August 2006: Aphrodisias' marble quarries, western Anatolia, Turkey
The ancient city of Aphrodisias was an important cult-centre dedicated to the goddess Aphrodite in antiquity. Being situated in the hills of western Anatolia, Aphrodisias was inhabited for a very long period, from the Neolithic to Late Byzantine. However, most of the splendid buildings and sculptures revealed through decades of archaeological excavations date from the Graeco-Roman period. One of the most fascinating aspects of Aphrodisias, is the city's role as a leading sculpture centre of the Roman world. The Aphrodisias "school" of sculptors was active for nearly six centuries. Undoubtly, one important reason for the schools' success are the rich deposits of high quality marble situated less than two kilometres from the site. The quarries also supplied stone to the many beautiful buildings in the city. High quality pure white marble was most sought after, but also grey, black and striated varieties were used. The Aphrodisias quarries are among few in Turkey that are protected as cultural heritage.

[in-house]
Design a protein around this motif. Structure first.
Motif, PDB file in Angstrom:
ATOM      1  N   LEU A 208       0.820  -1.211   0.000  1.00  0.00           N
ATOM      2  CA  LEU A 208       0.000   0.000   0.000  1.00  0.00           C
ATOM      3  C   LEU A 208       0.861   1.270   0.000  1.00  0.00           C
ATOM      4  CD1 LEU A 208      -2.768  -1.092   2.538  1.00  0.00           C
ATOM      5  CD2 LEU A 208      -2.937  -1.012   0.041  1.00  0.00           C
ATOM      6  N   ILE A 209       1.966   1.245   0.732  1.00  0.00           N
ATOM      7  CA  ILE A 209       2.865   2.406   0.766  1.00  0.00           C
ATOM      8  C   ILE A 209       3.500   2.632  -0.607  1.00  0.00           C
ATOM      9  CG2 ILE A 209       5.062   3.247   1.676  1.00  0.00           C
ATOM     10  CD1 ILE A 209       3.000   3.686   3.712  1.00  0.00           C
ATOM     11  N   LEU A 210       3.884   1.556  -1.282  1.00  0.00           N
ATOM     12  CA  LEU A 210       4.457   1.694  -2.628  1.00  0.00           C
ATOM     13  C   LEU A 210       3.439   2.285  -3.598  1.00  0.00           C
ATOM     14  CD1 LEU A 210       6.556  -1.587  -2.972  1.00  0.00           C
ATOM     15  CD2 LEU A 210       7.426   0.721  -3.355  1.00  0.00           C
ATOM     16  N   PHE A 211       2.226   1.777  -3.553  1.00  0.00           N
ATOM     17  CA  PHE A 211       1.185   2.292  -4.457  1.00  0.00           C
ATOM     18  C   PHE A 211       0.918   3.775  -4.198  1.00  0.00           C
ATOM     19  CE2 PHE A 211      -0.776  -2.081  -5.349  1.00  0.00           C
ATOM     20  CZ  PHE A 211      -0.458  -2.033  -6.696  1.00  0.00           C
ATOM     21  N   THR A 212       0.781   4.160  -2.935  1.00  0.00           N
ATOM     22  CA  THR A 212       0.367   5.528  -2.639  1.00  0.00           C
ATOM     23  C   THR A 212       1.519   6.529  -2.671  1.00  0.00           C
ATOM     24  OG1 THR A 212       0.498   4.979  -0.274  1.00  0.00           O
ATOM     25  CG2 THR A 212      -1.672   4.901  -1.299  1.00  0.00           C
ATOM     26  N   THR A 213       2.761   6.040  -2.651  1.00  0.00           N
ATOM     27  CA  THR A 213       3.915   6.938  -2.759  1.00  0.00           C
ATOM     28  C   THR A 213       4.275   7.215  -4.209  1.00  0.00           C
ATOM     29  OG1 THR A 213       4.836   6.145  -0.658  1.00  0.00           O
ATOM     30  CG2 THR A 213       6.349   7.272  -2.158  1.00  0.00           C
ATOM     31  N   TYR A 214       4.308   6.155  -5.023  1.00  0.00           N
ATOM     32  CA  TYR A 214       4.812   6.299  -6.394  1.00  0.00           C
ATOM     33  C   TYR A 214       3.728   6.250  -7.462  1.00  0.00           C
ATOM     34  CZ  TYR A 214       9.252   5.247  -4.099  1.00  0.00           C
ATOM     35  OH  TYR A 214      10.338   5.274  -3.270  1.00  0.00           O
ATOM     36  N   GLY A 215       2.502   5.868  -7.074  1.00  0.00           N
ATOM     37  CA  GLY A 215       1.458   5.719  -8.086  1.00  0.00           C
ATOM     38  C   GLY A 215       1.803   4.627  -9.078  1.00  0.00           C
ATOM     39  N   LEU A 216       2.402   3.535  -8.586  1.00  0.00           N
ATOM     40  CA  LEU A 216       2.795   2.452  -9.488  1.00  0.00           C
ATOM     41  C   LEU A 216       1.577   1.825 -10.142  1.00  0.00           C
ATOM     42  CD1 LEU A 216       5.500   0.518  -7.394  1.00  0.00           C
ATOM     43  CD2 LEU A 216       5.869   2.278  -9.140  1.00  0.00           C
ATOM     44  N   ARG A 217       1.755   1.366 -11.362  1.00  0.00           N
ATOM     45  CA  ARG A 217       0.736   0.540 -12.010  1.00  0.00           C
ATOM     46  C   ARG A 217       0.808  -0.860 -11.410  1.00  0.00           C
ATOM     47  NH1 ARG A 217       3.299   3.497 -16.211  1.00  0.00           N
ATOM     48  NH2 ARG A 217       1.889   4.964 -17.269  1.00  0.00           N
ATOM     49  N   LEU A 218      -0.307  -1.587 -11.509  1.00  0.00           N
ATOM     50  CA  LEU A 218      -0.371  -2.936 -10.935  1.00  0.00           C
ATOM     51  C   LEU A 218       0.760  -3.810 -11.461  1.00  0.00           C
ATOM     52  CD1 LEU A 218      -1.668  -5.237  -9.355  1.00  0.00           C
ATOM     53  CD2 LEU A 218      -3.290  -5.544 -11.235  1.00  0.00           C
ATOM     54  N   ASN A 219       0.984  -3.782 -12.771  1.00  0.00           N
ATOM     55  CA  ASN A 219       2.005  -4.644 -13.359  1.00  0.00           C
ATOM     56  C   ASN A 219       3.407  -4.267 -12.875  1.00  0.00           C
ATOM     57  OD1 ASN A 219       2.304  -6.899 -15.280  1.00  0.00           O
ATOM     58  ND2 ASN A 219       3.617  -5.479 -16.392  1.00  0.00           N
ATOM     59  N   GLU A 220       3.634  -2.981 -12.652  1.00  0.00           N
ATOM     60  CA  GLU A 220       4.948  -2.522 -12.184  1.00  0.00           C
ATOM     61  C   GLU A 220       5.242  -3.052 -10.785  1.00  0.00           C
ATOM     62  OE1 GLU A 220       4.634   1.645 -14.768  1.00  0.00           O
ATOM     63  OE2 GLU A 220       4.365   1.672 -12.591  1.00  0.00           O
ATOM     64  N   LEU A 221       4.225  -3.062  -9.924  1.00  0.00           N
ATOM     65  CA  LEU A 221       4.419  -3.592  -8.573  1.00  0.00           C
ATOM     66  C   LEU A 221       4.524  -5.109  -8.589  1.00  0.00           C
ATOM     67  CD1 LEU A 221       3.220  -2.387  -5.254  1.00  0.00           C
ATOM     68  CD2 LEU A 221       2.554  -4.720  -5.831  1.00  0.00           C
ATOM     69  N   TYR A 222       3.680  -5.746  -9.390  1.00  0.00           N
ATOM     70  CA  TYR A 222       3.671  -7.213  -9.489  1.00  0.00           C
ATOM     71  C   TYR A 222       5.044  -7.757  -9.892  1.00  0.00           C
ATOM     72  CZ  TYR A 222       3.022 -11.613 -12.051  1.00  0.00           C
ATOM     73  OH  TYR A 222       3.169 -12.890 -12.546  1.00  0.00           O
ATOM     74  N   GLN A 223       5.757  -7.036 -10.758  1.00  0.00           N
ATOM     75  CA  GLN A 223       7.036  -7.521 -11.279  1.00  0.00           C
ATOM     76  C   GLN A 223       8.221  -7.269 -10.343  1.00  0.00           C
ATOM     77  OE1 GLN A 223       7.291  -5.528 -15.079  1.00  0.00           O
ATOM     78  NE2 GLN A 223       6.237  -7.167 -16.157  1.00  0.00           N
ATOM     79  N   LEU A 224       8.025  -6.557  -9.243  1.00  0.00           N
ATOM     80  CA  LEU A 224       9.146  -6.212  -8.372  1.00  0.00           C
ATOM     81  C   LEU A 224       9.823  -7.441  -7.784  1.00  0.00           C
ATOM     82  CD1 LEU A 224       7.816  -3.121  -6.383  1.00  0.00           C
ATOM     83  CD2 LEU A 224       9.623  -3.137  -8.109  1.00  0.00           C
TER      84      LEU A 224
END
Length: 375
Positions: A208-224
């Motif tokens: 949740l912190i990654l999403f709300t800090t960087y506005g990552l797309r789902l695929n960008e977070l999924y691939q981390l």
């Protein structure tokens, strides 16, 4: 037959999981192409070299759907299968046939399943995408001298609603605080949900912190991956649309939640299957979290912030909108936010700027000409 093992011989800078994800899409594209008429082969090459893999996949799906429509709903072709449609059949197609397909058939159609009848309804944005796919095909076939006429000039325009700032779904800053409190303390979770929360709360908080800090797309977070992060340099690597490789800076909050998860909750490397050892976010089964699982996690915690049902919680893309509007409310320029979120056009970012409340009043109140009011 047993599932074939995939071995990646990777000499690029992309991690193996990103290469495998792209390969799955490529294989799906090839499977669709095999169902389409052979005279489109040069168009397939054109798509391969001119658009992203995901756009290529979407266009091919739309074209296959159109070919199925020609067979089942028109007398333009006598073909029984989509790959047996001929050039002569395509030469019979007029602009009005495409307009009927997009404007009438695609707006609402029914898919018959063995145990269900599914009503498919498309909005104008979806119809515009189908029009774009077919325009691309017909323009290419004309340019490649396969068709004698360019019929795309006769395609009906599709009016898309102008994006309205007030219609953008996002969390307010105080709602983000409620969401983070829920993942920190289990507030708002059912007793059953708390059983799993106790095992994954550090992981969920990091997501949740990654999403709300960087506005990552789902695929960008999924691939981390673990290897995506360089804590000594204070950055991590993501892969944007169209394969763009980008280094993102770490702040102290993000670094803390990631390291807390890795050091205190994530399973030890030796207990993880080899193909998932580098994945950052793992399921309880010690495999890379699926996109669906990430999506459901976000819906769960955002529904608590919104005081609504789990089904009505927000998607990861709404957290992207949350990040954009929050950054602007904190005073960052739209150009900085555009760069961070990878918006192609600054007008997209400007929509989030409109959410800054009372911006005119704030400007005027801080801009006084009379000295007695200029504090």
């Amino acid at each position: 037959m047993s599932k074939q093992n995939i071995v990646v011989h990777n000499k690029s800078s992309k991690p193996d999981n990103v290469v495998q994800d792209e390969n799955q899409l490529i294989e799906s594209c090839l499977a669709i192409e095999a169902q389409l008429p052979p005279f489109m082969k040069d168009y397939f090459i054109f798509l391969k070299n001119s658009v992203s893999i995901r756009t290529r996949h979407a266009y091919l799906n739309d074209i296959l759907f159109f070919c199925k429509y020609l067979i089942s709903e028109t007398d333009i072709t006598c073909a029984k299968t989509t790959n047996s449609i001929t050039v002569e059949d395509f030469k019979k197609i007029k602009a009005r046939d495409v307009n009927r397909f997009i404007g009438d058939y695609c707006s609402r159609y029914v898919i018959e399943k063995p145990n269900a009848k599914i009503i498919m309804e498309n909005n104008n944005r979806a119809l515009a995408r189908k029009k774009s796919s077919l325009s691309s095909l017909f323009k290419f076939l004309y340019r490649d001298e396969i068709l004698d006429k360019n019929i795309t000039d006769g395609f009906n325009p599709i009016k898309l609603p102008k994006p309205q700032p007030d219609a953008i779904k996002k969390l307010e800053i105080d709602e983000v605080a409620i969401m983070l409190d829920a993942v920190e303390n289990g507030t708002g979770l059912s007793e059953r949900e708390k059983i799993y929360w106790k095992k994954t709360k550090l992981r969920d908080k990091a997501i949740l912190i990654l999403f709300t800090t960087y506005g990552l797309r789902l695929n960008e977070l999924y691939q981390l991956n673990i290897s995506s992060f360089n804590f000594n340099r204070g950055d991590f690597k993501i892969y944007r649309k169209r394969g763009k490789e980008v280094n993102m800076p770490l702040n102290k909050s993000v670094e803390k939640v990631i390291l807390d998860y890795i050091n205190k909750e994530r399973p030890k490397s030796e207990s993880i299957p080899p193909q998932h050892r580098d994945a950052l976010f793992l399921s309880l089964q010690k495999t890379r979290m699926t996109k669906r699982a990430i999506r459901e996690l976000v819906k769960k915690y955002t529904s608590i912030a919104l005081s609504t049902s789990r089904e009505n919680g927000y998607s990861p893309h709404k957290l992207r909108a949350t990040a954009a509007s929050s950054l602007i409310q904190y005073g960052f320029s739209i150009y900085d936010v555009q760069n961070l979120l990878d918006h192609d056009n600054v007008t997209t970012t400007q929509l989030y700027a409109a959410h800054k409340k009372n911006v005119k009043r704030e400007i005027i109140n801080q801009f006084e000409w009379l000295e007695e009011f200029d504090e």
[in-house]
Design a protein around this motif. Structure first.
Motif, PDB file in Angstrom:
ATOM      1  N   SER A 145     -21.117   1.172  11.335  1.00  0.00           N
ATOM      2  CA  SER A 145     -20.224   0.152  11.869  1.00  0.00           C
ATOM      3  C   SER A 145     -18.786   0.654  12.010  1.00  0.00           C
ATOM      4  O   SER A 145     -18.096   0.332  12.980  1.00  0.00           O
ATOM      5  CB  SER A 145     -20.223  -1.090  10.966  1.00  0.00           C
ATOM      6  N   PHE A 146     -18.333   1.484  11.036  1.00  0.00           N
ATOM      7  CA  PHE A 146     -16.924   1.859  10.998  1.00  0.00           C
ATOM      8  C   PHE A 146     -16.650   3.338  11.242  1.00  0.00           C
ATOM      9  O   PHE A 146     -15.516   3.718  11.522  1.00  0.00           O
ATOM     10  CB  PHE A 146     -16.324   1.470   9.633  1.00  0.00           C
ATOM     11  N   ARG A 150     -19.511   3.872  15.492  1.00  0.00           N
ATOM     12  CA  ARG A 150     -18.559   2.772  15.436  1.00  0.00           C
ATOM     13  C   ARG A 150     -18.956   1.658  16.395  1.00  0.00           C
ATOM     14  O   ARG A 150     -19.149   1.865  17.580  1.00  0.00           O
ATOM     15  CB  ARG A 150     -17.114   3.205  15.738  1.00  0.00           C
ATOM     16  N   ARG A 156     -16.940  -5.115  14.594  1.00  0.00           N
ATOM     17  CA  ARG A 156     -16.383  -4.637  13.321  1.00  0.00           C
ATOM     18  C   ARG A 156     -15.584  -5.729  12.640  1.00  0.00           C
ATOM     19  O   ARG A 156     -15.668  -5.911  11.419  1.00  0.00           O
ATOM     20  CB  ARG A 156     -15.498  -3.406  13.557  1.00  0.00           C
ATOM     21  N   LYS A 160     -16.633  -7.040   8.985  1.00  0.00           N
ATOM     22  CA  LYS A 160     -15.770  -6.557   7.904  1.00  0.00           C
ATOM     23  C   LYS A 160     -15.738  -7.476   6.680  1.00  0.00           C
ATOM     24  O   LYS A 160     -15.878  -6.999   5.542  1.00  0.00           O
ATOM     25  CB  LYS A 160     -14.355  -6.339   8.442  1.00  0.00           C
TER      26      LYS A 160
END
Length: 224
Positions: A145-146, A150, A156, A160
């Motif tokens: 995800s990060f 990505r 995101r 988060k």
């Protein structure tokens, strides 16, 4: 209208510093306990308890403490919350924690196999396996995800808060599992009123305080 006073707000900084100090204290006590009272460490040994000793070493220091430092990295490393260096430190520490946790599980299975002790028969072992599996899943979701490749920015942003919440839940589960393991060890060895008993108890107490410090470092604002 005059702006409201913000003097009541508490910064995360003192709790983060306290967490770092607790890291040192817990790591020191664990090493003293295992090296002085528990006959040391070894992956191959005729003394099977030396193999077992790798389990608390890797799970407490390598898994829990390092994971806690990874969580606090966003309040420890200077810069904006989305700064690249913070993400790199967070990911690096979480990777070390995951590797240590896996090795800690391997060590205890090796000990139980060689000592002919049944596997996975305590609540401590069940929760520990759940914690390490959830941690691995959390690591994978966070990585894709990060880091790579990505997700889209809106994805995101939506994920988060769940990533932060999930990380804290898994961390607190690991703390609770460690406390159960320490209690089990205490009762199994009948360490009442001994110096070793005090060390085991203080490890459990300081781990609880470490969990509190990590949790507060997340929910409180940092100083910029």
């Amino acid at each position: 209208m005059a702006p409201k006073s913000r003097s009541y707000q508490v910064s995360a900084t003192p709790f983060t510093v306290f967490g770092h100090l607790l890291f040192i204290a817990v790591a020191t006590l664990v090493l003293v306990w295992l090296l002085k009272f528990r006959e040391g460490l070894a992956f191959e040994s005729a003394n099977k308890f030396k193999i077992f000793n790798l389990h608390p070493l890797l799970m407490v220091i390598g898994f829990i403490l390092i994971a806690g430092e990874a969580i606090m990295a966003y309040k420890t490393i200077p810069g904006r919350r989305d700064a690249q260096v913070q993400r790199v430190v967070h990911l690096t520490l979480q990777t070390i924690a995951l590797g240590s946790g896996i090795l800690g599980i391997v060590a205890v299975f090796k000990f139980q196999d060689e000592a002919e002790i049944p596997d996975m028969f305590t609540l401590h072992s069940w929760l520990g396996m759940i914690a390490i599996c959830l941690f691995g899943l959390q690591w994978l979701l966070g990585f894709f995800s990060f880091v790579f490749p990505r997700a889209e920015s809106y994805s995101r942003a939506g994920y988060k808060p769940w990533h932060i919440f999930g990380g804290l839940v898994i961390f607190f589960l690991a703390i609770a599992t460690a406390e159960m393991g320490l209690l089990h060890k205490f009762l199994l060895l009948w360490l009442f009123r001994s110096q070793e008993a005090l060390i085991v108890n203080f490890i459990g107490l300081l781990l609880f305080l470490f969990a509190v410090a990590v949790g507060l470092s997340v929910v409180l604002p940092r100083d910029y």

Text by Tom Heldal
View of some of the many marble quarries near Aphrodisias. Quarry face is seen on the right side, whilst the large mounds to the left and in the foreground are spoil heaps from quarrying. Photo by Tom Heldal
December 2009 New book: a special volume with papers from the QuarryScapes project soon printed.
November 2008 Final workshop: the third QuarryScapes workshop was held in Aswan 12. - 15. October